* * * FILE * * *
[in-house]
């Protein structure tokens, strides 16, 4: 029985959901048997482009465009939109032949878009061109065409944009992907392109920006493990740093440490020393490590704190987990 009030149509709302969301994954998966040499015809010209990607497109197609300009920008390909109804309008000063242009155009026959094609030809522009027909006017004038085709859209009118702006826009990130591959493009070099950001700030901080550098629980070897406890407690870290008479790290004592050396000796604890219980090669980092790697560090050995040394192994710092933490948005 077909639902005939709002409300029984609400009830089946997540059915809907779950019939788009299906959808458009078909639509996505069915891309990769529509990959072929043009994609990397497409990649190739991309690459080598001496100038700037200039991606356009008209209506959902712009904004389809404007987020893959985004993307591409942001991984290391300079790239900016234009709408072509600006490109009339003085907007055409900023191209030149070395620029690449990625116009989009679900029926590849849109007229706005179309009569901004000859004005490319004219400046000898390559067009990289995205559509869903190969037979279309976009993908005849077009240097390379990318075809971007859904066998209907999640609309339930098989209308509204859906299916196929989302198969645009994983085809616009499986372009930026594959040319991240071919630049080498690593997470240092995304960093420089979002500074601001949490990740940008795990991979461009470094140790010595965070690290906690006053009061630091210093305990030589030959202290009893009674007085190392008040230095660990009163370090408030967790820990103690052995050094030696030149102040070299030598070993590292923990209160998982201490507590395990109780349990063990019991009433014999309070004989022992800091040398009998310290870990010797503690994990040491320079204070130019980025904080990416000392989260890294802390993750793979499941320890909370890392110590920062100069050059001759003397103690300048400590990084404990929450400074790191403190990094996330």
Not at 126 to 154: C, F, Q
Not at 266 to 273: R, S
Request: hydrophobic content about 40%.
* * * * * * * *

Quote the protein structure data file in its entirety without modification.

[in-house]
């Protein structure tokens, strides 16, 4: 029985959901048997482009465009939109032949878009061109065409944009992907392109920006493990740093440490020393490590704190987990 009030149509709302969301994954998966040499015809010209990607497109197609300009920008390909109804309008000063242009155009026959094609030809522009027909006017004038085709859209009118702006826009990130591959493009070099950001700030901080550098629980070897406890407690870290008479790290004592050396000796604890219980090669980092790697560090050995040394192994710092933490948005 077909639902005939709002409300029984609400009830089946997540059915809907779950019939788009299906959808458009078909639509996505069915891309990769529509990959072929043009994609990397497409990649190739991309690459080598001496100038700037200039991606356009008209209506959902712009904004389809404007987020893959985004993307591409942001991984290391300079790239900016234009709408072509600006490109009339003085907007055409900023191209030149070395620029690449990625116009989009679900029926590849849109007229706005179309009569901004000859004005490319004219400046000898390559067009990289995205559509869903190969037979279309976009993908005849077009240097390379990318075809971007859904066998209907999640609309339930098989209308509204859906299916196929989302198969645009994983085809616009499986372009930026594959040319991240071919630049080498690593997470240092995304960093420089979002500074601001949490990740940008795990991979461009470094140790010595965070690290906690006053009061630091210093305990030589030959202290009893009674007085190392008040230095660990009163370090408030967790820990103690052995050094030696030149102040070299030598070993590292923990209160998982201490507590395990109780349990063990019991009433014999309070004989022992800091040398009998310290870990010797503690994990040491320079204070130019980025904080990416000392989260890294802390993750793979499941320890909370890392110590920062100069050059001759003397103690300048400590990084404990929450400074790191403190990094996330």
Not at 126 to 154: C, F, Q
Not at 266 to 273: R, S
Request: hydrophobic content about 40%.